A wayward young woman abandons her magazine career to learn the old ways of butchery and discover what it means to take life into her own handsCamas Davis was at an unhappy crossroads. A longtime magazine writer and editor in the food world, she'd returned to her home state of Oregon with her boyfriend from New York City to take an appealing job at a Portland lifestyle magazine. But neither job nor boyfriend delivered on her dreams, and in the span of a year, Davis was unemployed, on her own, with nothing to fall back on. Disillusioned by the years she'd spent mediating the lives of others for a living, she had no idea what to do next. She did know one thing: She no longer wanted to write about the real thing; she wanted to be the real thing.So when a friend told her about Kate Hill, an American woman living in Gascony, France who ran a cooking school and took in strays in exchange for painting fences and making beds, it sounded like just what she needed. She discovered a forgotten cre...
|Title||:||Killing It: An Education|
|Number of Pages||:||352 pages|
|Status||:||Available For Download|
|Last checked||:||21 Minutes ago!|
Killing It: An Education Reviews
3 stars - but only b/c the author went into French cuisine, culinary techniques, etc. This book was Eat Pray Love meets Julia & Julia with one of the most stunning heaping's of self-absorbed "humbled bragging" ever imagined. I found myself skipping over the author talking about how brave she was, her detailed conversations on how she had no idea if she would write a book ( which appears to have been planned the entire time) and how she embraced people thinking she was crazy b/c deep down she ...more
DNF. Non-fiction. A woman from Oregon, disheartened after losing her magazine job, moves to France on a whim to study the art of butchering. I gave it a hundred pages and found I didn't want to get back to it, so I'll let this one go.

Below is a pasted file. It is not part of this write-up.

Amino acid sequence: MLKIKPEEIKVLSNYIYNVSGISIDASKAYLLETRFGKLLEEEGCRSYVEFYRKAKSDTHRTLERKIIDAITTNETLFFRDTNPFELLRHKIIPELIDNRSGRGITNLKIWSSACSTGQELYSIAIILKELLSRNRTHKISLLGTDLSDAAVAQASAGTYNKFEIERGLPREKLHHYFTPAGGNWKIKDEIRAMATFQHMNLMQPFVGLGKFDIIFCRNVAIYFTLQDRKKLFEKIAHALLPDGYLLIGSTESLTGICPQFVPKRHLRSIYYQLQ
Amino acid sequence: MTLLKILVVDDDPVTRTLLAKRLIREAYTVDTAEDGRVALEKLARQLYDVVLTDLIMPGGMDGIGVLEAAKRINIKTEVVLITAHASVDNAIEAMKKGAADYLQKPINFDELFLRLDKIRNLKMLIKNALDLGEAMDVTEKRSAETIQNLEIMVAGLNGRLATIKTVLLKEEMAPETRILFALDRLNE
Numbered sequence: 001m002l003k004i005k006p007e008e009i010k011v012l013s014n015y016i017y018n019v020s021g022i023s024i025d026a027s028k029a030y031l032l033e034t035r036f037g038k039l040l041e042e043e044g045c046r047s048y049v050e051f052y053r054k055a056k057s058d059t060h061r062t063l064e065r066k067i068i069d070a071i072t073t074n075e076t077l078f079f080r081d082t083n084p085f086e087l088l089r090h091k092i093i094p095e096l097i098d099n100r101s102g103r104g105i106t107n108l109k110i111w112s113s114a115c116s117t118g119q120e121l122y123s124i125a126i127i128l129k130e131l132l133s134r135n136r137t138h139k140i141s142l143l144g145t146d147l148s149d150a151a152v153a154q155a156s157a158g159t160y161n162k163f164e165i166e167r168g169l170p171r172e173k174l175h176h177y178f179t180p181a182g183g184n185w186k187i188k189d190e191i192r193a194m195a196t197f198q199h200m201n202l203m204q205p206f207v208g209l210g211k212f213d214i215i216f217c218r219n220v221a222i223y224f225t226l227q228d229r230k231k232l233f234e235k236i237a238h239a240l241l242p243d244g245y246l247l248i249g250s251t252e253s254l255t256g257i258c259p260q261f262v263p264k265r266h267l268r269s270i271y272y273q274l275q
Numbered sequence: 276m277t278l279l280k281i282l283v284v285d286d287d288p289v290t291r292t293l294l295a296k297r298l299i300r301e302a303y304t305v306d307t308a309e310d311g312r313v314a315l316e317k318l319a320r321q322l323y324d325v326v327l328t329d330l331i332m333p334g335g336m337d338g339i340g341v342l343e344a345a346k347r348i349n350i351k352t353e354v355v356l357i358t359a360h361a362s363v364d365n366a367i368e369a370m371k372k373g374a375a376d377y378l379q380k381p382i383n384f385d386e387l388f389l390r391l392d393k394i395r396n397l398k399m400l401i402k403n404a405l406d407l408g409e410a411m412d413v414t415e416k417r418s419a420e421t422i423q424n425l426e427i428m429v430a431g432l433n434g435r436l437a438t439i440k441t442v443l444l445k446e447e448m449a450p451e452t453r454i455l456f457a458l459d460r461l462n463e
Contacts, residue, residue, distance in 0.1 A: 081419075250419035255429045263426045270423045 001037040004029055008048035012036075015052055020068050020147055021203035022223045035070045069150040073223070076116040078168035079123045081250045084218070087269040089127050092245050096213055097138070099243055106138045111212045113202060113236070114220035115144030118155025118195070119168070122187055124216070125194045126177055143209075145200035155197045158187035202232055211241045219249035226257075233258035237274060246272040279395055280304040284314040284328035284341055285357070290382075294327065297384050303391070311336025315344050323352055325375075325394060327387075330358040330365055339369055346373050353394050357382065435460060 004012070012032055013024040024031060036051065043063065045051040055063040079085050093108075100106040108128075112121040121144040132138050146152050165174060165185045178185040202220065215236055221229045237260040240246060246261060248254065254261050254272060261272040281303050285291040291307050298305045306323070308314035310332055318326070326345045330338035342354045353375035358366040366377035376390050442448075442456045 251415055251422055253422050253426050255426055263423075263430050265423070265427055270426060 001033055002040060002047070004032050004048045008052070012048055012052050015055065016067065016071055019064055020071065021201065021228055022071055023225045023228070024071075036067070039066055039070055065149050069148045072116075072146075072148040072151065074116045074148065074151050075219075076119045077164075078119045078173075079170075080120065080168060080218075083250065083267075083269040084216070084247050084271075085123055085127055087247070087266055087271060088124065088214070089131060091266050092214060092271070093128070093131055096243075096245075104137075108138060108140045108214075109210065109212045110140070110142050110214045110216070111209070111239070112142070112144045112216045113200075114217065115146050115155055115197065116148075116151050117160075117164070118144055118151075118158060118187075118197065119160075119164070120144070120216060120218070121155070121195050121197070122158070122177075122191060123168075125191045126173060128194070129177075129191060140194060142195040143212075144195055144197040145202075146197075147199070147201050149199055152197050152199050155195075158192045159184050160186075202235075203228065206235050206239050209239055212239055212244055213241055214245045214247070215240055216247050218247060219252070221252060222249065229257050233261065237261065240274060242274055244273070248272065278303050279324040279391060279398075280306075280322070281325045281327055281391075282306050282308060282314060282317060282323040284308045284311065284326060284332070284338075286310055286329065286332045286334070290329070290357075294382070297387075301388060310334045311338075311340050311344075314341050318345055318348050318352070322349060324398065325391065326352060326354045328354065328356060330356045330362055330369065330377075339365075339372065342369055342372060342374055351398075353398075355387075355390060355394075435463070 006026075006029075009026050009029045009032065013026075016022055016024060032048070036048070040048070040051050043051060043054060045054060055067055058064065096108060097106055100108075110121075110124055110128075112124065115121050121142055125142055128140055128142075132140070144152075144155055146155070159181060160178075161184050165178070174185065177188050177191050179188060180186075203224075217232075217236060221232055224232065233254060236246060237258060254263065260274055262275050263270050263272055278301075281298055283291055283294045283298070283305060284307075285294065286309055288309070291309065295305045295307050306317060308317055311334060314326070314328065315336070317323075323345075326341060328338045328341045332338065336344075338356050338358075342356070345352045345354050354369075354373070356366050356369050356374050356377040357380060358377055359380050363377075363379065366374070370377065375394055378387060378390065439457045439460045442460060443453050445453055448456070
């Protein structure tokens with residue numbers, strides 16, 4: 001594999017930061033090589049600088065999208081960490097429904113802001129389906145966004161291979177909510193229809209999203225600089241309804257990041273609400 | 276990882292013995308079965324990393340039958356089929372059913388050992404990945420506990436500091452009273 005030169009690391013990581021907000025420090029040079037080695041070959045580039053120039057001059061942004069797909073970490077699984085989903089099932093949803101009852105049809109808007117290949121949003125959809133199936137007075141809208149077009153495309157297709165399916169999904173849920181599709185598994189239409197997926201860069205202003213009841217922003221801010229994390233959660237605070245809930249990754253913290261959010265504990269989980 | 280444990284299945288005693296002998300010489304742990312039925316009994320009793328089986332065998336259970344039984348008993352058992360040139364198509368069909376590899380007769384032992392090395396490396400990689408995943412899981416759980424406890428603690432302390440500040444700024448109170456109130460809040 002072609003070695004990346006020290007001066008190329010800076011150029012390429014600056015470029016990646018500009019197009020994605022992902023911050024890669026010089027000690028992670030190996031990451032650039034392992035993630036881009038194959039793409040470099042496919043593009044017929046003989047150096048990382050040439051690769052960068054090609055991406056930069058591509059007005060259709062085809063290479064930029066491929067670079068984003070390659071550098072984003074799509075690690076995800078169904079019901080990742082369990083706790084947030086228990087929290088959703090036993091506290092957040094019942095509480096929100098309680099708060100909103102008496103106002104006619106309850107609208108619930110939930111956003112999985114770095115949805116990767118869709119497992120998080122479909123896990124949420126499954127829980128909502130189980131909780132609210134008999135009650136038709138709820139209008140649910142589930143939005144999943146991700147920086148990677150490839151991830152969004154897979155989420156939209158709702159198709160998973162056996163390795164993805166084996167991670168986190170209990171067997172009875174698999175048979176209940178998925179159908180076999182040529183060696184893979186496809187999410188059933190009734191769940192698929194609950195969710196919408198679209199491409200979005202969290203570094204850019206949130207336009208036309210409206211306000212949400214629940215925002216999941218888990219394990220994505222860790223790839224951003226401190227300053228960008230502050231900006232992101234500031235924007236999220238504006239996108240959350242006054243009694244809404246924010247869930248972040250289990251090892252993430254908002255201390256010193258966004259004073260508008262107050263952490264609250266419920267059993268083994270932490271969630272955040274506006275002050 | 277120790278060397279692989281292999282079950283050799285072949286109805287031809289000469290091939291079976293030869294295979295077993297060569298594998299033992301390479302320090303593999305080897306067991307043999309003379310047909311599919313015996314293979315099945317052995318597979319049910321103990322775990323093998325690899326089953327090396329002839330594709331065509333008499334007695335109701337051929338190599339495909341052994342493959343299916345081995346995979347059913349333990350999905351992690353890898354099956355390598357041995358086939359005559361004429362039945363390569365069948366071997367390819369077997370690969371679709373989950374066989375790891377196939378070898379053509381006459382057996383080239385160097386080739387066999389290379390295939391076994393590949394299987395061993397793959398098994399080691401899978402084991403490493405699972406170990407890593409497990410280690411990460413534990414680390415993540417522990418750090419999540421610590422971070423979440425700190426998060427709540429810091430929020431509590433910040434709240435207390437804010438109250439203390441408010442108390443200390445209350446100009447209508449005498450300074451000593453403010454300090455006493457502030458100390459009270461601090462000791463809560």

I'm usually eager to read non-fiction set in France, so that and the book's awesome cover were the initial appeal. However, I simply found this too self-indulgent. I knew I was in trouble when, by page 11, she mentioned her airplane seatmate exclaimed she was "bea ...more
A thoughtful consideration of the carnivorous diet approached by a curious mind, "Killing It" takes the reader along on the author's unexpected journey with honesty and wit.
I don't know why but the whole time I read this book I imagined the author as Miranda from Sex and the City.
I listened to her interview on Fresh Air and wanted to read the book, partly for the memoir and partly for what I imagined would be a thoughtful and elevated conversation about eating meat and the ethics of eating meat.
The book is not as elevated as the interview makes it sound. Do not expect a heavy philosophical or even extensive, nuanced discussion of the ethics of eating meat. The et ...more
I am one of the American vegetarians Camas describes, who would never touch head cheese. I couldn't stomach this fantastically written book. Highly recommend for non-herbivores.